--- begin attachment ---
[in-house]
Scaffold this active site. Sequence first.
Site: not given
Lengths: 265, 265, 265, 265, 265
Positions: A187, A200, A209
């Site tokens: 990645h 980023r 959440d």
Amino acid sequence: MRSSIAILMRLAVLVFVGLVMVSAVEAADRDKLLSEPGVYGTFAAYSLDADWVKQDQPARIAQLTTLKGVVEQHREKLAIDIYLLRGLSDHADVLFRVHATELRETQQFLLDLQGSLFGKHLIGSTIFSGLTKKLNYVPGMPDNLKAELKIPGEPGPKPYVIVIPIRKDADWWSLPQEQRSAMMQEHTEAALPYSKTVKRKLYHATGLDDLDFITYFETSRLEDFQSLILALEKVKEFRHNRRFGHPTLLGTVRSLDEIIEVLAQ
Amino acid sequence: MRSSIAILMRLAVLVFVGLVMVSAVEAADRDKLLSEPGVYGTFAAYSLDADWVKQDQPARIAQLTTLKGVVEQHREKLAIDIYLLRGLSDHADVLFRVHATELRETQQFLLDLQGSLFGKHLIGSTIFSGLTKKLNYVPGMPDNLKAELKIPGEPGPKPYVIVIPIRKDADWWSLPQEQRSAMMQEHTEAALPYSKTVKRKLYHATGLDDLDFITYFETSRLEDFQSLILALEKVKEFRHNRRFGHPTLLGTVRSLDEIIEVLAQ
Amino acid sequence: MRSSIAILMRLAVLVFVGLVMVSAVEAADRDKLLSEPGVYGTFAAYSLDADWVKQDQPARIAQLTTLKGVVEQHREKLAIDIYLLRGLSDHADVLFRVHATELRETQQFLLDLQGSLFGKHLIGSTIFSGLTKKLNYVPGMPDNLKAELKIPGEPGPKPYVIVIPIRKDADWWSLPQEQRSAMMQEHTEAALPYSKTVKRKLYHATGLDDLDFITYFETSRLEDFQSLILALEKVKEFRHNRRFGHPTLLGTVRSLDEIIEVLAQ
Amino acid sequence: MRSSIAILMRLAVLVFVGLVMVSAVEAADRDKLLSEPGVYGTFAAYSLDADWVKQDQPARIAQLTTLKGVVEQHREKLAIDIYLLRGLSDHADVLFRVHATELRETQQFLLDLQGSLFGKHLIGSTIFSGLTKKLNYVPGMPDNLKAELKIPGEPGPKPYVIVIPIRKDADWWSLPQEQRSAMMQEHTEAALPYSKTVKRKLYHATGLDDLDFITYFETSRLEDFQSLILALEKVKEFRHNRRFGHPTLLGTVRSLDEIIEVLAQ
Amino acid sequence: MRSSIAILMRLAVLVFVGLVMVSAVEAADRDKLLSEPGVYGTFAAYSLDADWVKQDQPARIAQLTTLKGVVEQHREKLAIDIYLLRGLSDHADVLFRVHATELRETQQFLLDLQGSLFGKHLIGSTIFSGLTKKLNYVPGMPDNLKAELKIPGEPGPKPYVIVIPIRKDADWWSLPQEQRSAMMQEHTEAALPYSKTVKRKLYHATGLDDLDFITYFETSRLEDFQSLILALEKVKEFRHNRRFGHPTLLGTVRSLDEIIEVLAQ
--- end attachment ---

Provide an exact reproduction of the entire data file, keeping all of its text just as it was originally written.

[in-house]
Scaffold this active site. Sequence first.
Site: not given
Lengths: 265, 265, 265, 265, 265
Positions: A187, A200, A209
């Site tokens: 990645h 980023r 959440d």
Amino acid sequence: MRSSIAILMRLAVLVFVGLVMVSAVEAADRDKLLSEPGVYGTFAAYSLDADWVKQDQPARIAQLTTLKGVVEQHREKLAIDIYLLRGLSDHADVLFRVHATELRETQQFLLDLQGSLFGKHLIGSTIFSGLTKKLNYVPGMPDNLKAELKIPGEPGPKPYVIVIPIRKDADWWSLPQEQRSAMMQEHTEAALPYSKTVKRKLYHATGLDDLDFITYFETSRLEDFQSLILALEKVKEFRHNRRFGHPTLLGTVRSLDEIIEVLAQ
Amino acid sequence: MRSSIAILMRLAVLVFVGLVMVSAVEAADRDKLLSEPGVYGTFAAYSLDADWVKQDQPARIAQLTTLKGVVEQHREKLAIDIYLLRGLSDHADVLFRVHATELRETQQFLLDLQGSLFGKHLIGSTIFSGLTKKLNYVPGMPDNLKAELKIPGEPGPKPYVIVIPIRKDADWWSLPQEQRSAMMQEHTEAALPYSKTVKRKLYHATGLDDLDFITYFETSRLEDFQSLILALEKVKEFRHNRRFGHPTLLGTVRSLDEIIEVLAQ
Amino acid sequence: MRSSIAILMRLAVLVFVGLVMVSAVEAADRDKLLSEPGVYGTFAAYSLDADWVKQDQPARIAQLTTLKGVVEQHREKLAIDIYLLRGLSDHADVLFRVHATELRETQQFLLDLQGSLFGKHLIGSTIFSGLTKKLNYVPGMPDNLKAELKIPGEPGPKPYVIVIPIRKDADWWSLPQEQRSAMMQEHTEAALPYSKTVKRKLYHATGLDDLDFITYFETSRLEDFQSLILALEKVKEFRHNRRFGHPTLLGTVRSLDEIIEVLAQ
Amino acid sequence: MRSSIAILMRLAVLVFVGLVMVSAVEAADRDKLLSEPGVYGTFAAYSLDADWVKQDQPARIAQLTTLKGVVEQHREKLAIDIYLLRGLSDHADVLFRVHATELRETQQFLLDLQGSLFGKHLIGSTIFSGLTKKLNYVPGMPDNLKAELKIPGEPGPKPYVIVIPIRKDADWWSLPQEQRSAMMQEHTEAALPYSKTVKRKLYHATGLDDLDFITYFETSRLEDFQSLILALEKVKEFRHNRRFGHPTLLGTVRSLDEIIEVLAQ
Amino acid sequence: MRSSIAILMRLAVLVFVGLVMVSAVEAADRDKLLSEPGVYGTFAAYSLDADWVKQDQPARIAQLTTLKGVVEQHREKLAIDIYLLRGLSDHADVLFRVHATELRETQQFLLDLQGSLFGKHLIGSTIFSGLTKKLNYVPGMPDNLKAELKIPGEPGPKPYVIVIPIRKDADWWSLPQEQRSAMMQEHTEAALPYSKTVKRKLYHATGLDDLDFITYFETSRLEDFQSLILALEKVKEFRHNRRFGHPTLLGTVRSLDEIIEVLAQ